7 Tips for Creating a Chore Wheel for Your Kids

Involving your kids in daily household chores doesn’t just take the load off your shoulders. It also teaches your kids how to care for a home and develop a sense of responsibility.

One way to help support your kids in developing positive habits and learning how to contribute to household chores is with a chore wheel. However, chore wheels can be confusing and ineffective if not created properly.

An effective chore wheel empowers your kids by making their responsibilities clear, attainable and measurable. It may incorporate a system of rewards to incentivize participation.

A chore wheel must be flexible so you can adapt it to be more supportive of everyone’s success. Alter the chores or change their order, adorn the wheel differently or invent a different system if need be. By keeping it interesting, your children are more likely to come back to it to see what comes next.

1. Make Chores Age-Appropriate

Children have different capabilities at different ages. Different chores are more appropriate for children of certain minimum ages. One way to make sure your children feel empowered to complete the chores assigned to them on the wheel is to pick chores that are appropriate for their developmental level and adjust these chores as they continue to grow.

The following list gives parents an idea of what chores are appropriate for children of different ages:

  • Two to three years of age – Picking up books and toys, wiping up messes, placing laundry into the hamper, placing washed clothes into the dryer and dusting using a rag or feather duster.
  • Four to six years of age – Emptying the trash, taking care of pets, setting and clearing the dining table, folding small pieces of laundry, helping to match socks, putting away groceries, making the bed and picking up their bedroom.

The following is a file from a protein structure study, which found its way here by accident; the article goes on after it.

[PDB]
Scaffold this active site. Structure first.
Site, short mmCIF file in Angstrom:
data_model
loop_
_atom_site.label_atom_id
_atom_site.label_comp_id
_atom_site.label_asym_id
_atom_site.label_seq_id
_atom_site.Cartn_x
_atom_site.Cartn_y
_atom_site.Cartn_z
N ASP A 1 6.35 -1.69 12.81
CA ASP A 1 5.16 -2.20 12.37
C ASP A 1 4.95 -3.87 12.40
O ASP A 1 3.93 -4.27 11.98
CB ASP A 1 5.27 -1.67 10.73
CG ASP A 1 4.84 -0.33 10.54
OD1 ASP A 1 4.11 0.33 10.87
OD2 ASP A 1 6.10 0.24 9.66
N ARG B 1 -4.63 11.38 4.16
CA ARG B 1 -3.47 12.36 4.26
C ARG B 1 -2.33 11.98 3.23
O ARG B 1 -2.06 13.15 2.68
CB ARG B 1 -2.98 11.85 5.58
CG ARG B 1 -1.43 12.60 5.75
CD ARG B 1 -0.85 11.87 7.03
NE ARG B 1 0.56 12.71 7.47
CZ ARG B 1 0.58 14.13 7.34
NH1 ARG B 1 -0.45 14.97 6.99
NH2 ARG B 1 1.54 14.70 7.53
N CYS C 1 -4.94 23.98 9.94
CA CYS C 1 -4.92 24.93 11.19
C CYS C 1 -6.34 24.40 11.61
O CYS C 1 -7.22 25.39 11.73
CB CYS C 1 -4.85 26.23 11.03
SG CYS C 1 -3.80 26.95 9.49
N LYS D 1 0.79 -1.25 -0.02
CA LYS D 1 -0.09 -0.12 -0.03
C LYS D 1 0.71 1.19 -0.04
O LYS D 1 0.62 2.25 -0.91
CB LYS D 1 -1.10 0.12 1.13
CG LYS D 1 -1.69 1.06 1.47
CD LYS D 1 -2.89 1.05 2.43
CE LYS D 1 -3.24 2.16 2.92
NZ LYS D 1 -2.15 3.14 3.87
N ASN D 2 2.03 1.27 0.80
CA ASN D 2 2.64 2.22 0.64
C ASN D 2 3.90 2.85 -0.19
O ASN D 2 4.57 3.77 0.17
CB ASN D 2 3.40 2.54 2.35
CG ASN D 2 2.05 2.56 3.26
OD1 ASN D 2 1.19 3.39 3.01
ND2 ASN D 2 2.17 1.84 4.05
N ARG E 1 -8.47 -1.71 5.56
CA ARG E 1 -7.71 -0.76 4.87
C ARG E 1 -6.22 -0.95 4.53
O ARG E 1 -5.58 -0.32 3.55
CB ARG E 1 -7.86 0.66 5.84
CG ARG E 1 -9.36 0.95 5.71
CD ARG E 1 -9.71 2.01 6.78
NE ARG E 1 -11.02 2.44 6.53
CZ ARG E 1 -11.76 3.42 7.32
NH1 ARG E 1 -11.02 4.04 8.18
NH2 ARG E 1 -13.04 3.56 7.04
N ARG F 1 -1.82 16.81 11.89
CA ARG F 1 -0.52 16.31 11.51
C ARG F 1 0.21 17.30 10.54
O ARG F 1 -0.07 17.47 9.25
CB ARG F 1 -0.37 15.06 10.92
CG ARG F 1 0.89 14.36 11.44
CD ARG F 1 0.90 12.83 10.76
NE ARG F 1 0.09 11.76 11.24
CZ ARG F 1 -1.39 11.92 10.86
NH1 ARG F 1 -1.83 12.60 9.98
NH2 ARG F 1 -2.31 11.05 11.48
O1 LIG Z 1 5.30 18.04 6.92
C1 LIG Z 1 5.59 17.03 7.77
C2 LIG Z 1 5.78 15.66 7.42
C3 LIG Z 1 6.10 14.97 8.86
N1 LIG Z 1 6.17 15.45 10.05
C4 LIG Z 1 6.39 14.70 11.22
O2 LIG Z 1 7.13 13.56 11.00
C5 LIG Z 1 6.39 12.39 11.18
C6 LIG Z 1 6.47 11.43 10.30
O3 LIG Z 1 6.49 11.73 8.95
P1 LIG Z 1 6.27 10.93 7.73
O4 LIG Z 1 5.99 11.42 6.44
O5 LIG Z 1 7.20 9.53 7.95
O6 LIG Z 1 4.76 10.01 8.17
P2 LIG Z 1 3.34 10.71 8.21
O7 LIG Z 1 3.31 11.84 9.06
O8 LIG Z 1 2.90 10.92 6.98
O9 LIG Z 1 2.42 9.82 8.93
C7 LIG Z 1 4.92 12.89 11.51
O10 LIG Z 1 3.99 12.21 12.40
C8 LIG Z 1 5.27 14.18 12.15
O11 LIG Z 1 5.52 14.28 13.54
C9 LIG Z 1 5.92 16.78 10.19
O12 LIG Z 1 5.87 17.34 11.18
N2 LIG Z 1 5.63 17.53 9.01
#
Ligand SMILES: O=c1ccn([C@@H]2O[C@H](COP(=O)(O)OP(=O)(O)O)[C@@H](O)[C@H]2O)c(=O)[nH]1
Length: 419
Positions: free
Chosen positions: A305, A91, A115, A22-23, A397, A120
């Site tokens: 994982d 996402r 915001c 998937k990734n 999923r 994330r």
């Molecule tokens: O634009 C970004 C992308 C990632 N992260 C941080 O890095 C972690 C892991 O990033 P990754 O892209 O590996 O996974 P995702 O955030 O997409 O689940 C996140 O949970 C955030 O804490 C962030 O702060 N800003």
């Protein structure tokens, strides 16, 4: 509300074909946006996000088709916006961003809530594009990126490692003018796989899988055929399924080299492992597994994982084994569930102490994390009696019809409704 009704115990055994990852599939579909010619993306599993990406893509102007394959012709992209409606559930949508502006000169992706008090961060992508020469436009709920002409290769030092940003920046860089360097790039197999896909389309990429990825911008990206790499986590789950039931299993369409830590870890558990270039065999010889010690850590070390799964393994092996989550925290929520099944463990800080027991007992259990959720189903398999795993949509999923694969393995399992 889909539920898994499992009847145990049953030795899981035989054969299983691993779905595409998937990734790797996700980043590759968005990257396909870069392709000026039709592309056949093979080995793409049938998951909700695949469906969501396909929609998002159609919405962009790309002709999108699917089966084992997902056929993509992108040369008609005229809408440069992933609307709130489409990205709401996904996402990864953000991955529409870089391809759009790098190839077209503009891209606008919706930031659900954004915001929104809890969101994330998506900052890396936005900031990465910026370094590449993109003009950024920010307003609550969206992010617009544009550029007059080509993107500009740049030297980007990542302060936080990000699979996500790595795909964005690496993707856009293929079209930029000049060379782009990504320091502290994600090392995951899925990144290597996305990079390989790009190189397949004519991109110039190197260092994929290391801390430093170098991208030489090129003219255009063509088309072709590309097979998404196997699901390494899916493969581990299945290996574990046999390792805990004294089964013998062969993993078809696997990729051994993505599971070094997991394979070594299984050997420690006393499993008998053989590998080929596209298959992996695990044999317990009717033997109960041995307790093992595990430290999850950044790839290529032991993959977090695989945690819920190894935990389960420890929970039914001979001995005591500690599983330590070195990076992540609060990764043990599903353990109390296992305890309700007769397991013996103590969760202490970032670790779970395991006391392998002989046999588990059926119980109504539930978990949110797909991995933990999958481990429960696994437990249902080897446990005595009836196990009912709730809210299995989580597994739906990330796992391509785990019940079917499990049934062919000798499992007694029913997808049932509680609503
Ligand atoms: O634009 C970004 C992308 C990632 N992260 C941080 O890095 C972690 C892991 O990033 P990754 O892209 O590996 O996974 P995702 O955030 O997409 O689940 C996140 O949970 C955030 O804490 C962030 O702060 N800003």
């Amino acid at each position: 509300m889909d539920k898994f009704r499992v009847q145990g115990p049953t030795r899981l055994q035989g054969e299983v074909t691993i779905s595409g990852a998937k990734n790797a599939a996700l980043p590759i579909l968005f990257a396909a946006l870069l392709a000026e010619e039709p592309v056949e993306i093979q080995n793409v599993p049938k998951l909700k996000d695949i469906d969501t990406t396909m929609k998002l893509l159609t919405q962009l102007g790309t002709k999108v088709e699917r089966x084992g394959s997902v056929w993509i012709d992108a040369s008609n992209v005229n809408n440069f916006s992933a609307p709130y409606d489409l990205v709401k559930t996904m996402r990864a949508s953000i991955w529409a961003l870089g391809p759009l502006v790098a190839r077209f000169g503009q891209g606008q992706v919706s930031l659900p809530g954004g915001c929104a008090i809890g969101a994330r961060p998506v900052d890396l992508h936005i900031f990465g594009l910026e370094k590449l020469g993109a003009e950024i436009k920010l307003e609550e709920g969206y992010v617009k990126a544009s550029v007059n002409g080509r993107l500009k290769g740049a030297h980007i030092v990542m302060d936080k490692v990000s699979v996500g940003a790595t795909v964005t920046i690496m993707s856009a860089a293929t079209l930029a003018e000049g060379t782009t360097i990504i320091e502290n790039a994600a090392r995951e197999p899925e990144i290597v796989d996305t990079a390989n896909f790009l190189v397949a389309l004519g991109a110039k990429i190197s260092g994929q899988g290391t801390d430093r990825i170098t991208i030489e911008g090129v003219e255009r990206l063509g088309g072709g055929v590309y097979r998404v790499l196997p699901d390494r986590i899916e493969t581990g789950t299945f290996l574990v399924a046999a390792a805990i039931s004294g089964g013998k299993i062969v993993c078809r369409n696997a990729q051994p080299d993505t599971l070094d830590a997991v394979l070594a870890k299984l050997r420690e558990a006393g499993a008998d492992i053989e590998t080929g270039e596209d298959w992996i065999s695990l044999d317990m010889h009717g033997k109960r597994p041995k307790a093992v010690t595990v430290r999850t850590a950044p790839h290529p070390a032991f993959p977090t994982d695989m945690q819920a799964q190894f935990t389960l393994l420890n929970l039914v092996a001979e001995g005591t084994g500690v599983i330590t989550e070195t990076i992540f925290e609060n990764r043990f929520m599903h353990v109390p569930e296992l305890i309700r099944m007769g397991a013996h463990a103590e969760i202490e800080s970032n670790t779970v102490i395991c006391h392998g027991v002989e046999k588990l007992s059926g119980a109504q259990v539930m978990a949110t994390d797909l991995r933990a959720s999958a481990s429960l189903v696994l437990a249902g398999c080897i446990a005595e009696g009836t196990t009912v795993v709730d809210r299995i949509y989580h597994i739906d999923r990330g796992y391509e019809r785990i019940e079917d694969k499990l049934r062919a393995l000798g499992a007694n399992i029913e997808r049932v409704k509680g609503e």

• Seven to 10 years of age – Folding laundry, getting mail, helping wash the car, taking out the trash, sweeping the floor, vacuuming the carpet, watering the plants, helping prepare meals.
  • 11 years of age and older – Washing dishes, taking the trash to the curb, mowing the yard, cleaning the bathroom, supervising siblings, unloading the dishwasher, mopping floors, packing lunches, cleaning out the refrigerator and washing windows.

In addition to the chores listed for a certain age group, any age group can perform any of the chores listed for younger age groups if you want to alter their chores throughout the week.

2. Keep it Reasonable

It is important to keep in mind that children have other requirements and needs besides doing their chores. For instance, they may have homework to complete. Additionally, children require enough playtime every day and sleep every night to be happy and stay healthy.

Make sure the chores you assign your children do not create an undue burden on them or interfere with their other needs and requirements in life. Your children should still have time to do other things in the day.

3. Use Visuals

Visual elements help make a chore chart more interesting and comprehensible to children. Use different colored paper or markers for each chore on the wheel. In addition to the description of each chore, use stickers or images cut out from magazines to visually represent them, as this can help your child understand what is being asked of him or her.